RTF: ‘Dance while you can’

As part of this summers activities and adventures as a Food Warrior I am exposed to a variety of literature and documentaries offered from farmers, friends and our amazing Real Time Farms core team. The most recent review is on American Meat, a documentary discussing exactly that, the meat in America. This documentary dives into the good and bad about the animals raised to produce America’s meat from the view of ‘Commodity Hog Farmers’ to farmers practicing ways that resemble the work done generations ago. The documentary does a phenomenal job of showing all sides of meat and allowing the consumer to learn about what is happening in today’s society revolving the 59 billion pounds of meat consumed by Americans every year.

The producers arranged the content into three parts that cover today’s current farming system, compared to ‘A Different Path’ and ending with a portion that tells viewers that it is simply ‘Up to Us’. In order to feed America meat that is grass-fed and following the practices similar to Joel Salatin ‘we’ would need to have roughly 4 million people start farming that way. There is an increase in young farmers, yet there is also a skepticism that the urge of new farmers needed will not be pursued  by the majority of society.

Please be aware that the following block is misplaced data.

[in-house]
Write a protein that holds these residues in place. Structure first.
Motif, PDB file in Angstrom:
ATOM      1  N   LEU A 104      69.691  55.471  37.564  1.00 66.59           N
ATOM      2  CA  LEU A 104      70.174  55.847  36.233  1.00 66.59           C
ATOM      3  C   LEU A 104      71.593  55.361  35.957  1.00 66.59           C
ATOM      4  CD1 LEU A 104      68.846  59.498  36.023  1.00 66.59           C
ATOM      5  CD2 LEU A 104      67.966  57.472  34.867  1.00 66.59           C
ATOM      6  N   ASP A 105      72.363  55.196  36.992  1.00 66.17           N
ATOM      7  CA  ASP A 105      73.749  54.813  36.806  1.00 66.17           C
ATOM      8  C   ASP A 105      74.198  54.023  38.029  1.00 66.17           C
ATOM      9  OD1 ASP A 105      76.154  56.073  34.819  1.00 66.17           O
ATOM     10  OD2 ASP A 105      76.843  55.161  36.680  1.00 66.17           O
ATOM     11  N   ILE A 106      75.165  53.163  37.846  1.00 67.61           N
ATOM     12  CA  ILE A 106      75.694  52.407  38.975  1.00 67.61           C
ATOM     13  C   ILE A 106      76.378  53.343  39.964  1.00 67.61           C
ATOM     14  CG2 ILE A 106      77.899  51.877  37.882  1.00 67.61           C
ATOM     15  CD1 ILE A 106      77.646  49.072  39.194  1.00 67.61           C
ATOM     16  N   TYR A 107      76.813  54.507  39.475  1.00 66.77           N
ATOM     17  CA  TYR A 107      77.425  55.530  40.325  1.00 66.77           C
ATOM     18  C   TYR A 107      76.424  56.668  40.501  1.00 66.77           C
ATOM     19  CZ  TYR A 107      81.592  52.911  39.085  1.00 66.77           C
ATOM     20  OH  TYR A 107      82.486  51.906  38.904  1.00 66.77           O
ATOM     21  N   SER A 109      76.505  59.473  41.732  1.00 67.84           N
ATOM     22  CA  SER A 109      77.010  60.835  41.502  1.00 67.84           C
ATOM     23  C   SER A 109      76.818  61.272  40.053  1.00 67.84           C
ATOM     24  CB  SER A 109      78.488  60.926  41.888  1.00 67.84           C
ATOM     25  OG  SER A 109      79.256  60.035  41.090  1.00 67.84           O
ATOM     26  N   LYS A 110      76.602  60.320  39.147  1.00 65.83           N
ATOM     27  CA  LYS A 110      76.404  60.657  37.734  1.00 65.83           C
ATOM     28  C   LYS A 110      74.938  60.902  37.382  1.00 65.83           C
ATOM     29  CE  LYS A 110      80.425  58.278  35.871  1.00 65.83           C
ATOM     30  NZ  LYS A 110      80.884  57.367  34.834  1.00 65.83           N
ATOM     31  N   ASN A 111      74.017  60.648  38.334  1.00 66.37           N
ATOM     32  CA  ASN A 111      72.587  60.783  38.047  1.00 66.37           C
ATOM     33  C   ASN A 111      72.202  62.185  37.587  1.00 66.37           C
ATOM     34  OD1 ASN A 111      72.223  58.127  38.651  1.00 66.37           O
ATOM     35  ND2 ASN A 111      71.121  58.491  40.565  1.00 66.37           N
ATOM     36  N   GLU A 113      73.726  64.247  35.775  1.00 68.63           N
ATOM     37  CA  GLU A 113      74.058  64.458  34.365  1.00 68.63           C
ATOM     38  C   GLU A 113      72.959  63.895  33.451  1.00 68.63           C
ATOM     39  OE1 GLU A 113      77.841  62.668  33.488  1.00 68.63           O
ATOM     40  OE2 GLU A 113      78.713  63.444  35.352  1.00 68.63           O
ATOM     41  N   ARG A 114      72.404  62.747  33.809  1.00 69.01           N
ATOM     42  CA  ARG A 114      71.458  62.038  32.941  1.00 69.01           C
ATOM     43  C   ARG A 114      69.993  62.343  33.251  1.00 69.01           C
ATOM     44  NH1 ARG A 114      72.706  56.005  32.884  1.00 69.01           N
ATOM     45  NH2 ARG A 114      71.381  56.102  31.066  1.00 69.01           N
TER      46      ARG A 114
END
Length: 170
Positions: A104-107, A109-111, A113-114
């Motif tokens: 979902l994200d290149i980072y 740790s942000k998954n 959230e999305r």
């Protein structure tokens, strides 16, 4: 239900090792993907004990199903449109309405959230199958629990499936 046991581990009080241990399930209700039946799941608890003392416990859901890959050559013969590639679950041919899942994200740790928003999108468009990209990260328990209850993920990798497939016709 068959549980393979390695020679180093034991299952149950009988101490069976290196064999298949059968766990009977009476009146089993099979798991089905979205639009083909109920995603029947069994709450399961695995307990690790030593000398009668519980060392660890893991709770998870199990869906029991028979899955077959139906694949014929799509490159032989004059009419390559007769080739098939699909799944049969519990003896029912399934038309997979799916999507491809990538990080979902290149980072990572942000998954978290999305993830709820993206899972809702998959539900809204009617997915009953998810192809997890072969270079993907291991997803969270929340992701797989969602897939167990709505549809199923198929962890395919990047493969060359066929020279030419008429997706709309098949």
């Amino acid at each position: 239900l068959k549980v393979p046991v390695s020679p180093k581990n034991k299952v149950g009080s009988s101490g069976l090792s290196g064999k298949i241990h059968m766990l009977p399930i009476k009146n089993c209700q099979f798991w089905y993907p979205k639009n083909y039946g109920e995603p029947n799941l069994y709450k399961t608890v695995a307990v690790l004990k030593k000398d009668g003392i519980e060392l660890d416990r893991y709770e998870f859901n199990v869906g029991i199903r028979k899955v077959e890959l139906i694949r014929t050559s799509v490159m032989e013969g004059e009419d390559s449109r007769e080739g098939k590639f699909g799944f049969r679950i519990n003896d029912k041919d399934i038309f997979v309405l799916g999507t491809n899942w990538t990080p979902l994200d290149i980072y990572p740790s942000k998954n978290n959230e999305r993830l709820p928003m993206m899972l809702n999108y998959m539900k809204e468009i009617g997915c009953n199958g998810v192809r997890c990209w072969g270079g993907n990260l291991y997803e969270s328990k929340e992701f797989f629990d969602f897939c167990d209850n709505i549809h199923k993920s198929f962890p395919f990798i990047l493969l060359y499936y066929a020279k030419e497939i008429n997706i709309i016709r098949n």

The documentary starts with a woman completely disconnected from her meat, while stating she would ‘never’ eat her own chickens and prefers the grocery store meat due to the fact that it is packaged and ready to be cooked without needing to ever cross her mind. Traveling to a variety of farms, while meeting the farmers and food markets, restaurants and artisans it ends with a couple turning their backyard into a garden and farm in order to support their families diet. The story ended with them stating, “Get to the party when you get there and dance while you can”. They are a middle-aged couple that have changed their way of life and plan on fulfilling the American dream from here on out reducing the 4 million by 2.

All hail knowledge. Watch, learn and plant a seed.

Amy Verhey

Summer 2012 Food Warrior

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